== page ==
Crowd Watching Marian Anderson

Object Details

James Amos Porter
mid 20th Century
graphite, watercolor, ink, gouache on paper
14 × 10 15/16 in. (35.5 × 27.8 cm)
This watercolor commemorates singer Marian Anderson’s 1939 concert at the Lincoln Memorial, after she was refused a venue at Constitutional Hall due to its segregationist policies.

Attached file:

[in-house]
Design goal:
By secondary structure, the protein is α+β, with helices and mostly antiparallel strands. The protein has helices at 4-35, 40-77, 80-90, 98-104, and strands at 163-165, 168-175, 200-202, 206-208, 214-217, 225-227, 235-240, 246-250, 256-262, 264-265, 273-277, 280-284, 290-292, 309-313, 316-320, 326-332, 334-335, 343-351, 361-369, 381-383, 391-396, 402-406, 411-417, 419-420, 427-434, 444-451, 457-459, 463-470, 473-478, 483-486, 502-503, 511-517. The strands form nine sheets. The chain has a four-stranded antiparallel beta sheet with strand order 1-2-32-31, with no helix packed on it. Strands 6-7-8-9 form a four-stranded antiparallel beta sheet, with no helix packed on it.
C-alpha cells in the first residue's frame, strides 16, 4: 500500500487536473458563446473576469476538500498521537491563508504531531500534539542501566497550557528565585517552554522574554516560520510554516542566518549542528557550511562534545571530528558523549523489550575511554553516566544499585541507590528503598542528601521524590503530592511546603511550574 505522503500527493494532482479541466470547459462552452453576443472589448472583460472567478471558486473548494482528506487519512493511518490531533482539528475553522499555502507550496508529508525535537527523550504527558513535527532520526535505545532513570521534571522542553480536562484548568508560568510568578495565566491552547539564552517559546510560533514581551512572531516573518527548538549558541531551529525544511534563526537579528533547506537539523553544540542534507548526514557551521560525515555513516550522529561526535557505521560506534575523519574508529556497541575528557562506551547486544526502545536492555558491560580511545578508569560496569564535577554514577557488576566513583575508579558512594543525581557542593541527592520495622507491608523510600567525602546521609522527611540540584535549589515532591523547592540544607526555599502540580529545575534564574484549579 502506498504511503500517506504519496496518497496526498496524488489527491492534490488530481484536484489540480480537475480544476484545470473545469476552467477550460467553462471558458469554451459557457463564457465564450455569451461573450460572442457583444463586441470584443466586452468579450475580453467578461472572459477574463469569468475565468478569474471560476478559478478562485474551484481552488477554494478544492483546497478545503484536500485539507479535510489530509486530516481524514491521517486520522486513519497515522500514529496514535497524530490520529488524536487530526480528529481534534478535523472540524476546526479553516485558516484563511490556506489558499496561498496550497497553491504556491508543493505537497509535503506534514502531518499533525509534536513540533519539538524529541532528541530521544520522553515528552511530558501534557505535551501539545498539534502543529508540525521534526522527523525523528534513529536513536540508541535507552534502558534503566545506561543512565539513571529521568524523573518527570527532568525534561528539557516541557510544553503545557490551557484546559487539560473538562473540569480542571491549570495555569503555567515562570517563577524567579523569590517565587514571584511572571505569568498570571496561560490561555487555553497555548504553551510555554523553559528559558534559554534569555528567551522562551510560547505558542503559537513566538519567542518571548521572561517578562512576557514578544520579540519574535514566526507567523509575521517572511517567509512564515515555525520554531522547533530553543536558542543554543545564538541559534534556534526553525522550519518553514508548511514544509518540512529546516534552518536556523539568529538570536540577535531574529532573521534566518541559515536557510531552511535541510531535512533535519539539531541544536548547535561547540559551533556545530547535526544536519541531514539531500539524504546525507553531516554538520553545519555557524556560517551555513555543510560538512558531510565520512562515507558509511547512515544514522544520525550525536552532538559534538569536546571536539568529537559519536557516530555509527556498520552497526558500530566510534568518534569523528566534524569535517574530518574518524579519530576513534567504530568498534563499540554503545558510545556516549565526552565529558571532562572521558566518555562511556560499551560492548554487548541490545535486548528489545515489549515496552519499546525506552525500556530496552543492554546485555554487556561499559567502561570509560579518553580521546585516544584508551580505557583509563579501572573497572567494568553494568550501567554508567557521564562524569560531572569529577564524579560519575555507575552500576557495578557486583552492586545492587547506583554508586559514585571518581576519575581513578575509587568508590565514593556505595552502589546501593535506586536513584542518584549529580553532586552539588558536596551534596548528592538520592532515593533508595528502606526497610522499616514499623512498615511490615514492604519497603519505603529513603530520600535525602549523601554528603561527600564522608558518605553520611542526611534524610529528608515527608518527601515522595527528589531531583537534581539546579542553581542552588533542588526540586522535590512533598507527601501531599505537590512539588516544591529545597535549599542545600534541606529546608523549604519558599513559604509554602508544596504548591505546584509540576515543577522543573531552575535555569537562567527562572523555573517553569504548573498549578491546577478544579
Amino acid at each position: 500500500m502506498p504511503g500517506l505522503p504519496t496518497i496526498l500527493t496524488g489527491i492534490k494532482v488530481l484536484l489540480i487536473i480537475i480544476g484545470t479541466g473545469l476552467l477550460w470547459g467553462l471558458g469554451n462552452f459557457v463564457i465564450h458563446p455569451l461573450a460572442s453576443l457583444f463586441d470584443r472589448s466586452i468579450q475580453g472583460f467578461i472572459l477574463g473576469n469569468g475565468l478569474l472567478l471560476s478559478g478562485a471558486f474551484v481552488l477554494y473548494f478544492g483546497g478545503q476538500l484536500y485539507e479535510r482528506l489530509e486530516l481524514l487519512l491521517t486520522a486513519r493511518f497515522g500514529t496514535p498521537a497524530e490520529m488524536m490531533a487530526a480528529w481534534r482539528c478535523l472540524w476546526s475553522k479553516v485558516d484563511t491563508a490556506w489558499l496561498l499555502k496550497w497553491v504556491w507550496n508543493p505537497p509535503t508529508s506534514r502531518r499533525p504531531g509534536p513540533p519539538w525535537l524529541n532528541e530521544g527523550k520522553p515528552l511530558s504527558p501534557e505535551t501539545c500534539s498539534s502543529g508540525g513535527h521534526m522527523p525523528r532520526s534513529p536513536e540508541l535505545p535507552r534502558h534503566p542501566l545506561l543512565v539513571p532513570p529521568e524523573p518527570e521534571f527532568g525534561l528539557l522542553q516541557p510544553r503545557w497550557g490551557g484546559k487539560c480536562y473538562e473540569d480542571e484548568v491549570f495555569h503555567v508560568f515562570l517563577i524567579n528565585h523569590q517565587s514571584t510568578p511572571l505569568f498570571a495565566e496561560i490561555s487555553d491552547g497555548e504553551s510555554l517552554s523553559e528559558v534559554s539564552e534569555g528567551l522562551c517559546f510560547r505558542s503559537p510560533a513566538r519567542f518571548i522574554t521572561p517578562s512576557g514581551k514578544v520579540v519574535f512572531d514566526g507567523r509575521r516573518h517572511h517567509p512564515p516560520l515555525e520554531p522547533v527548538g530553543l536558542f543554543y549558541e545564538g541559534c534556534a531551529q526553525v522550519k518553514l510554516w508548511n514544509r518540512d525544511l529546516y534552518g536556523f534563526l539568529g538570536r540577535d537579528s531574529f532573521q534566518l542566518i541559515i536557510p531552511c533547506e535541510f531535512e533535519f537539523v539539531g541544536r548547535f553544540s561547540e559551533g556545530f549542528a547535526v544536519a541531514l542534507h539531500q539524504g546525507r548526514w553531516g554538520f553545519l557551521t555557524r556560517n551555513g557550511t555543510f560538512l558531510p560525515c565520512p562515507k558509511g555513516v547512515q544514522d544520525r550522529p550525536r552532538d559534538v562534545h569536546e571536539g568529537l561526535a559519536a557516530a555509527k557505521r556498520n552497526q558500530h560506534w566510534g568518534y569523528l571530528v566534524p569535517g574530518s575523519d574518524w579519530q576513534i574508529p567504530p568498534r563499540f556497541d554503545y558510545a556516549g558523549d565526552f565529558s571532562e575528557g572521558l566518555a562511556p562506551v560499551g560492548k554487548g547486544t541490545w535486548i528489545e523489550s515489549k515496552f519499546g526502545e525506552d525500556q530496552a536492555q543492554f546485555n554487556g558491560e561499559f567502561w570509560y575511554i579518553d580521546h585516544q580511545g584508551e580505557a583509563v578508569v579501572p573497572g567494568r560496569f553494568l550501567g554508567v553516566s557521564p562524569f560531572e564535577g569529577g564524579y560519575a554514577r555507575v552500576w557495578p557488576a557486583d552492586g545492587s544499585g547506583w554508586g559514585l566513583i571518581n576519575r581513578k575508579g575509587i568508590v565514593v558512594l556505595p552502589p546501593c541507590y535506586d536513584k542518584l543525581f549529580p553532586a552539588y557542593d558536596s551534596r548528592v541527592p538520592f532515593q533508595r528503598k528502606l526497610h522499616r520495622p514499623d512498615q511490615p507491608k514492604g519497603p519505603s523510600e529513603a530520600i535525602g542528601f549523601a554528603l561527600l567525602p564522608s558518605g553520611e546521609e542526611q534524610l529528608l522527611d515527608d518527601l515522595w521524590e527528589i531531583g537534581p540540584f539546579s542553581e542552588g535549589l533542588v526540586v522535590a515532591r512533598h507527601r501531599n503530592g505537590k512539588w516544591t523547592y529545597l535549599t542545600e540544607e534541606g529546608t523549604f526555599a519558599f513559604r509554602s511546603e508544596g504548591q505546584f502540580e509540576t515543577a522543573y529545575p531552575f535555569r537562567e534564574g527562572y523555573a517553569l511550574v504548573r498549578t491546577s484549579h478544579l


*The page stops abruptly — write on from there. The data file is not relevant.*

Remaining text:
James A. Porter depicts this seminal moment in the burgeoning civil rights movement by focusing on the audience. Anderson stands in the background of the watercolor; her only identifiable feature is her fur coat. The foreground shows the backs of a colorful, multiracial crowd gathered at the steps of the monument. The absence of faces in the painting—even Lincoln’s is hidden behind a column—focuses attention on the importance of the collective, rather than any one individual. A small thumbnail sketch on the right may have been the initial composition of the scene. According to the artist’s daughter, his wife was on the organizing committee for Anderson’s concert, so he may have felt a personal connection to this event.
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